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Understanding Patterns in English Learners’ Reclassification Might Help Schools Better Serve English Learner Students

Posted by Caroline Parker on November 8, 2016

How long does it take an English learner in US schools to learn English? Not surprisingly, there isn’t a simple answer to this question.

A new REL Northeast & Islands study, conducted at the request of the English Language Leaners Alliance, looked at how long it takes English learner students in New York City to be reclassified from English learner to former English learner. With a large and diverse English learner population—14 percent of its students are English learners and more than 41 percent speak a language other than English at home—the New York City public schools provide a unique setting to explore issues related to English learners’ academic outcomes.

The study report, “Patterns of English Learner Student Reclassification in New York City Public Schools,” was published on October 13 by the Institute of Education Sciences. The report details the study team’s analysis of a large district dataset, including nearly 230,000 students and nine years of student data, and provides important information about patterns in English language acquisition that can be helpful to school and district leaders interested in improving their programs for English learners.  (Read an EdWeek blog post about the study.)

To begin, the study team, comprised of REL researcher Michael Kieffer and me, looked at a group of students who entered New York City public schools in kindergarten and tracked them through seventh grade. We found that half of those students were reclassified as former English learner students within four years; that is, by the end of grade 3. The other half, however, took longer than four years to be reclassified. In fact, 25 percent of the students were still not reclassified after six years, thus becoming what are known in New York City as long-term English learners.

The study also examined some of the factors that are associated with the length of time it takes an English learner to become reclassified. We looked at students who entered a New York City school anytime from kindergarten through seventh grade, and found that students who entered in grades 6 or 7 took about a year longer to be reclassified than those who had entered in kindergarten.

The level of English proficiency that students bring with them to school also turns out to make a difference. Students who were considered to have below average English proficiency when they started school took an average of five years to become proficient, compared to only three years for students with above average English proficiency when they entered school.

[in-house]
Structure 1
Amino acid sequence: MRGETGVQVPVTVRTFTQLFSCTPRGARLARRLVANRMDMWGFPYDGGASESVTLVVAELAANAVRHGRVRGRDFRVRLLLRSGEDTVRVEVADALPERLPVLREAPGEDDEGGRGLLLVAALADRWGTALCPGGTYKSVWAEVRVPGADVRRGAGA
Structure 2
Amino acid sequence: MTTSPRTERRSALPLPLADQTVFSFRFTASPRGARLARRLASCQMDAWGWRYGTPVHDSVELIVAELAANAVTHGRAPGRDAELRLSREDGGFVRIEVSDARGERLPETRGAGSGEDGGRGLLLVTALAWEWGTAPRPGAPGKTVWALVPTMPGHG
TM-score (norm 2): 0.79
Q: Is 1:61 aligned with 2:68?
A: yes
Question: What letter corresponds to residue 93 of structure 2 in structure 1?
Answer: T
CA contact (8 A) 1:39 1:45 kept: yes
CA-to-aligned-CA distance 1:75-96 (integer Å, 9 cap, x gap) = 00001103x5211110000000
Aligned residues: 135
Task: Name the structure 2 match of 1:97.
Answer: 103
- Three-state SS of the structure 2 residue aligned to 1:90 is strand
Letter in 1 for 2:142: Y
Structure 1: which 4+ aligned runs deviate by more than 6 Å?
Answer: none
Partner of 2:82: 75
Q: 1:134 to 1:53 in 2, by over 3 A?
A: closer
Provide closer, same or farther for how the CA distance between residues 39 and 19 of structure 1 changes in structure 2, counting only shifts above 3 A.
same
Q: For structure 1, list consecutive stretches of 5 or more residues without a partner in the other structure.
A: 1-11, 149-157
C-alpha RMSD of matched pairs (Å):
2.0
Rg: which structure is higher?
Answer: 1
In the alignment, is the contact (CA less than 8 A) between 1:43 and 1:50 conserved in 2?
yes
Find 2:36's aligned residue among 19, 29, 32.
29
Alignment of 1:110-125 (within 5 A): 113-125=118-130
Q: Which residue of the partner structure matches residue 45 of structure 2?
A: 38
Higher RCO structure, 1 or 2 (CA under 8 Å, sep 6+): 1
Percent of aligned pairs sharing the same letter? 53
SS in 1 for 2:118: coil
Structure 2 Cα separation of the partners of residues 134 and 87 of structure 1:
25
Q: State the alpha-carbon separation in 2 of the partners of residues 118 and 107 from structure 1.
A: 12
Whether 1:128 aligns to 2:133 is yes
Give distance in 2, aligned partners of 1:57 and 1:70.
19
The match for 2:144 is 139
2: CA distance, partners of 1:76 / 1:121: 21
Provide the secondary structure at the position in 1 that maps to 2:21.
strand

Whether or not students get identified as having a disability also makes a difference. This study looked specifically at two disability categories that are associated with language: (1) specific learning disabilities and (2) speech and language impairments. We found that the median time to reclassification for English learner students with specific learning disabilities was about four years longer than that of their peers without disabilities, and the median time to reclassification for students with speech or language impairments was two years longer than that of students without these impairments, among students entering at any grade

For school and district leaders thinking about how to apply these study findings to the programs they provide for English learners, a few things stand out:

  • Students who enter US schools after kindergarten may well take longer to learn English than students who enter in kindergarten.
  • Students who enter school with low levels of initial English proficiency likely need different English language programs than those who enter school at higher levels.
  • Students with specific learning disabilities or speech and language impairments (and, indeed, all English learners with disabilities) likely need targeted, personalized programs to help them reach English proficiency.
  • Providing targeted instruction toward those students most likely to struggle with learning English may help them reach success sooner and prevent them from becoming long-term English learners.

Another aspect of the study to keep in mind was the decision to choose reclassification from English learner to former English learner as the indicator that students were proficient in English. Each state across the country makes its own determination of how and when to reclassify students. In New York state, for example, the decision is made based on student performance on the state-administered English proficiency assessment. Other states use other tests, however, and thus a student determined to be English proficient in one state might not be in another state.

Whether or not New York’s system for reclassification accurately identifies when students are English proficient is a question for another study, but one that shouldn’t be ignored. If students get reclassified as former English learners too quickly, they might not get all the support they need to be successful; if they get reclassified too late, they might not get access to challenging academic instruction.

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